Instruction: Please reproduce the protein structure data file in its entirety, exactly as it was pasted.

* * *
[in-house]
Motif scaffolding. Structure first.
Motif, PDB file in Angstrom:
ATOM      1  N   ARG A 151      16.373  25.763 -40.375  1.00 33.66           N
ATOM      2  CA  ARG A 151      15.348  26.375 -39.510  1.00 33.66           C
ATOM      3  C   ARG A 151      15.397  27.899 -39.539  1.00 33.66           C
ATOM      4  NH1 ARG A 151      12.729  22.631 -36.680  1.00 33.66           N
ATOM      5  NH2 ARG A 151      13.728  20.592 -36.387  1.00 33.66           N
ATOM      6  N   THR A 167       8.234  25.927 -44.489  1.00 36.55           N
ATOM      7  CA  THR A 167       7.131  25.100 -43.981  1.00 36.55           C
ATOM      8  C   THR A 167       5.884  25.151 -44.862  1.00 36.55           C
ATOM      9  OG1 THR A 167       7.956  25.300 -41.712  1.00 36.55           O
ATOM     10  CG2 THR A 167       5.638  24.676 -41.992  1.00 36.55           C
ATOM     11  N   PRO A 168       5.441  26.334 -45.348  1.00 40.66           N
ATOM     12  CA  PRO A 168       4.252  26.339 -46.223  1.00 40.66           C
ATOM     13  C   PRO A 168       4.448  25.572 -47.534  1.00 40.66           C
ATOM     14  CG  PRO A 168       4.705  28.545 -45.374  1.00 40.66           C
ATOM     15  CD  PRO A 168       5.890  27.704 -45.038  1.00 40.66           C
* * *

[in-house]
Motif scaffolding. Structure first.
Motif, PDB file in Angstrom:
ATOM      1  N   ARG A 151      16.373  25.763 -40.375  1.00 33.66           N
ATOM      2  CA  ARG A 151      15.348  26.375 -39.510  1.00 33.66           C
ATOM      3  C   ARG A 151      15.397  27.899 -39.539  1.00 33.66           C
ATOM      4  NH1 ARG A 151      12.729  22.631 -36.680  1.00 33.66           N
ATOM      5  NH2 ARG A 151      13.728  20.592 -36.387  1.00 33.66           N
ATOM      6  N   THR A 167       8.234  25.927 -44.489  1.00 36.55           N
ATOM      7  CA  THR A 167       7.131  25.100 -43.981  1.00 36.55           C
ATOM      8  C   THR A 167       5.884  25.151 -44.862  1.00 36.55           C
ATOM      9  OG1 THR A 167       7.956  25.300 -41.712  1.00 36.55           O
ATOM     10  CG2 THR A 167       5.638  24.676 -41.992  1.00 36.55           C
ATOM     11  N   PRO A 168       5.441  26.334 -45.348  1.00 40.66           N
ATOM     12  CA  PRO A 168       4.252  26.339 -46.223  1.00 40.66           C
ATOM     13  C   PRO A 168       4.448  25.572 -47.534  1.00 40.66           C
ATOM     14  CG  PRO A 168       4.705  28.545 -45.374  1.00 40.66           C
ATOM     15  CD  PRO A 168       5.890  27.704 -45.038  1.00 40.66           C